The first step you need to take to insure a salvaged car is shop around. That means:
You might have to take a couple of other steps here, too.
For example, some insurers want to see proof the car in question is in working order. You can provide it by having a mechanic certify it’s ready for the road.
An insurer may ask you to have the vehicle appraised, too. In that case, send them the appraiser’s report.
A few other documents you may need to turn in before an insurance company will send you a quote:
One company you can avoid while shopping around for coverage: Esurance. It specifically says on its website that it “doesn't insure cars with salvage titles.”
Two other insurers known to not cover these vehicles are Direct General and Travelers.
Don’t feel like you have to stick with “big name” companies while looking for salvage title insurance, though. Some smaller ones specialize in this kind of coverage – including 21st Century, The Hartford, Infinity, and Omni.
Ultimately, the best way to find an insurance company to cover your rebuilt title car is to shop around. Every company has their own approach for these vehicles, so you’ll need to compare quotes from several different insurers.
Only you can answer this question.
For some, a car’s sale price matters most. A salvage car may be a good bet in that situation. Others are more concerned about their ride being safe and fully insured. It’s also possible for a salvage car to pass a rebuilt inspection, but still have problems down the road.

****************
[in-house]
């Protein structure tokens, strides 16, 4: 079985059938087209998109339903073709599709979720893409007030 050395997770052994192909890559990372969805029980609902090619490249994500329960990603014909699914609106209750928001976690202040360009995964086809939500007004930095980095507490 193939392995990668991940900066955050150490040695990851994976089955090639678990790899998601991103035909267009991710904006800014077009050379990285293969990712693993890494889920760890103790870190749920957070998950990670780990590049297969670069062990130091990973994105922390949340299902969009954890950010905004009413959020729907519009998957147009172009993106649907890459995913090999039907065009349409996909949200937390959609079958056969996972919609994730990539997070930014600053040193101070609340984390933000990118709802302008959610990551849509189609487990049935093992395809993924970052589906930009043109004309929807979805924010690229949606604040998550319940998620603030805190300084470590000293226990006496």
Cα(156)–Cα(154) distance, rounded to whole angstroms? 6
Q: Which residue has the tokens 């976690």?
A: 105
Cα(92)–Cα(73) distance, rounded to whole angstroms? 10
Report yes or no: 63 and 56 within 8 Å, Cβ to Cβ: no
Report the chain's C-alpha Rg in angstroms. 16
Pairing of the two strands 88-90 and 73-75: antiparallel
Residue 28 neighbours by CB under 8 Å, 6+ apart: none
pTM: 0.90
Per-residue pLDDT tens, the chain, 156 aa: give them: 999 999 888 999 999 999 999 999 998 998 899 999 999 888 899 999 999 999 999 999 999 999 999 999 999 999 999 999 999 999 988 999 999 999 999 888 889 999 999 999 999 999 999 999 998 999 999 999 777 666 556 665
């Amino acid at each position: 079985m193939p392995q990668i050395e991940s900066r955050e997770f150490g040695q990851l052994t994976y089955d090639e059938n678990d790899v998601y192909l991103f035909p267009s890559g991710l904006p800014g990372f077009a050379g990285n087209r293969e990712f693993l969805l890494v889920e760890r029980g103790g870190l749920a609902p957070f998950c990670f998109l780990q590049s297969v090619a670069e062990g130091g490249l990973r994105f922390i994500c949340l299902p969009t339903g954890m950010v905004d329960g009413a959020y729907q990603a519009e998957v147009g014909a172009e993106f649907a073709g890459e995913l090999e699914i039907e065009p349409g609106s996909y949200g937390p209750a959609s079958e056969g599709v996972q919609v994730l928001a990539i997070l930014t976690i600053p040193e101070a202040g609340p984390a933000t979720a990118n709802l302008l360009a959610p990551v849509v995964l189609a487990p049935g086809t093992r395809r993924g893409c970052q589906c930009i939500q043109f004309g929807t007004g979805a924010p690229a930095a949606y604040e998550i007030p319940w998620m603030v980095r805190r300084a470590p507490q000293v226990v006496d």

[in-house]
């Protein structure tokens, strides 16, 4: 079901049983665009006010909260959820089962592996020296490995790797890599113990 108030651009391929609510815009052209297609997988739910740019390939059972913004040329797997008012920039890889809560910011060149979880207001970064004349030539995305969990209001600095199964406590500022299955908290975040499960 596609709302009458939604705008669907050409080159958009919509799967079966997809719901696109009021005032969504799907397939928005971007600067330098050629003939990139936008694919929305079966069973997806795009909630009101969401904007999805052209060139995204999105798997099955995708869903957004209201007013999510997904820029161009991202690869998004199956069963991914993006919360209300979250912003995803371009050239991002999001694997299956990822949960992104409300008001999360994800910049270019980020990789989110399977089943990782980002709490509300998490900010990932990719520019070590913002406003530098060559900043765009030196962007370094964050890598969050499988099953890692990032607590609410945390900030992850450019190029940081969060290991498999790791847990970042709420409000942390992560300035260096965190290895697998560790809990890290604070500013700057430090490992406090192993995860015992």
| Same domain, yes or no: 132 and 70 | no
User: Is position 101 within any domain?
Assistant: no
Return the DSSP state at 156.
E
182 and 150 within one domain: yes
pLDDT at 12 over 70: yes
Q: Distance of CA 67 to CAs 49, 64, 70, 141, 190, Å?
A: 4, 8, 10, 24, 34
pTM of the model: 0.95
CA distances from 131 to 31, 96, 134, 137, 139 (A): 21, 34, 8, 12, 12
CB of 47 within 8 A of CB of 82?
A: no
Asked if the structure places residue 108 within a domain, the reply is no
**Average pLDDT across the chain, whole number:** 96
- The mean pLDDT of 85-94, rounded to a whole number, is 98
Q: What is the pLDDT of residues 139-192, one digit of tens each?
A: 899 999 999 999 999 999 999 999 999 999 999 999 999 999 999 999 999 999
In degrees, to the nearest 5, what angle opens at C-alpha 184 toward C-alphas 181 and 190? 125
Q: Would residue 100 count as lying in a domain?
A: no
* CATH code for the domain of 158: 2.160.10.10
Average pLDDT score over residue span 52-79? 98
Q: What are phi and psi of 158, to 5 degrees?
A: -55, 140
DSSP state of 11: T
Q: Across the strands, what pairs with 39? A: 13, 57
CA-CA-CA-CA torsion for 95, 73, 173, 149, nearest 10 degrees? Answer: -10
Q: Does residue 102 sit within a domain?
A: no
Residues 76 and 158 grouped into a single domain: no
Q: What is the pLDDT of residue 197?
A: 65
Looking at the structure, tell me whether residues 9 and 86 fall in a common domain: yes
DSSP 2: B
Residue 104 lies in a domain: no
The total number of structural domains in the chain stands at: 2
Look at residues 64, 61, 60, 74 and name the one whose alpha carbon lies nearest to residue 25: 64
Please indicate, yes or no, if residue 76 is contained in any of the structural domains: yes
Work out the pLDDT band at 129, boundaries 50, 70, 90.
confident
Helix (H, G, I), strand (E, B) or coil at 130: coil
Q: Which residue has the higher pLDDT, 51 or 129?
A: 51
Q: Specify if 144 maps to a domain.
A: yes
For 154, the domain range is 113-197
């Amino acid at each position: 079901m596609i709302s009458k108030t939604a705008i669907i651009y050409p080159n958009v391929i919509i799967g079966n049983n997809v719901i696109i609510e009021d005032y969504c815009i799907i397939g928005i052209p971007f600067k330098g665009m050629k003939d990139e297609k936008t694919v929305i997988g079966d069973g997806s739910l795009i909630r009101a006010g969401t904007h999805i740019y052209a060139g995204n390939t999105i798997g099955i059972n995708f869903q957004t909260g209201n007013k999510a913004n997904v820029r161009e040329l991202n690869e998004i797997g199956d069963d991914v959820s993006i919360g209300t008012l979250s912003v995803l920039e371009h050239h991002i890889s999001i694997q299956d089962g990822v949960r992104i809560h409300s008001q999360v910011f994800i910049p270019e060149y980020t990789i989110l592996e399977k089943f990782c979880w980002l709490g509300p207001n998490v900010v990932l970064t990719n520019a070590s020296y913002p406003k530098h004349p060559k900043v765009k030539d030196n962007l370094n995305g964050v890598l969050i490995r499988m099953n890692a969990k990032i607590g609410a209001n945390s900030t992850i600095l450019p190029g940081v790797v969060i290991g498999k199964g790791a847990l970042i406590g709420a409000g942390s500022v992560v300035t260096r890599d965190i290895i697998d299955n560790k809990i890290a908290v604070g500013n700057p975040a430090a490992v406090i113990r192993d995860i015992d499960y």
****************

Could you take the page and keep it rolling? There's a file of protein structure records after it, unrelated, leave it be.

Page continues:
If you fit that second description, you might be better off steering clear of a vehicle with a rebuilt or salvage title.
A: No, they’re not. Junk title is another name for non-repairable title.
States reserve non-repairable titles for vehicles that are so severely damaged no amount of repairs can restore them to roadworthy status.
The only options for people who have one are to sell it for parts or to have it destroyed.
A: Many Americans use the terms “salvage title” and “rebuilt title” interchangeably even though they’re not the same.
It’s easy to understand why they confuse the two, though--especially when vehicles with rebuilt titles used to have salvage titles.
To put it another way, a car with a salvage title can get a rebuilt title if it’s repaired to a point that it’s “road safe” again.
A: The blue in “blue title” actually refers to the color of the paper on which the title is printed, according to carsdirect.com.
Titles printed on blue paper tend to be salvage titles.
If your vehicle’s title is on orange paper, it’s likely been rebuilt. And if it’s on green paper, it should be “clean,” with no history of major accidents or damage.
“Tend to be,” “likely,” and “should be” are used here because not every state follows these rules.
A: All the titles discussed in this article are examples of branded titles.
State agencies use these “brands” to warn potential buyers that a used vehicle sustained significant damage in the past, according to autocheck.com.
Not all states use the same title brands, by the way. For example, some states issue specific titles to cars damaged by fire, hail, or water.
Also, not all states define their title brands in the same way.
A: In most cases, you’ll find this information on its title. That said, some dishonest sellers take various illegal steps to remove salvage or rebuilt brands from that piece of paper.
So how can you tell if a vehicle has a salvage or rebuilt title? Here are two good options: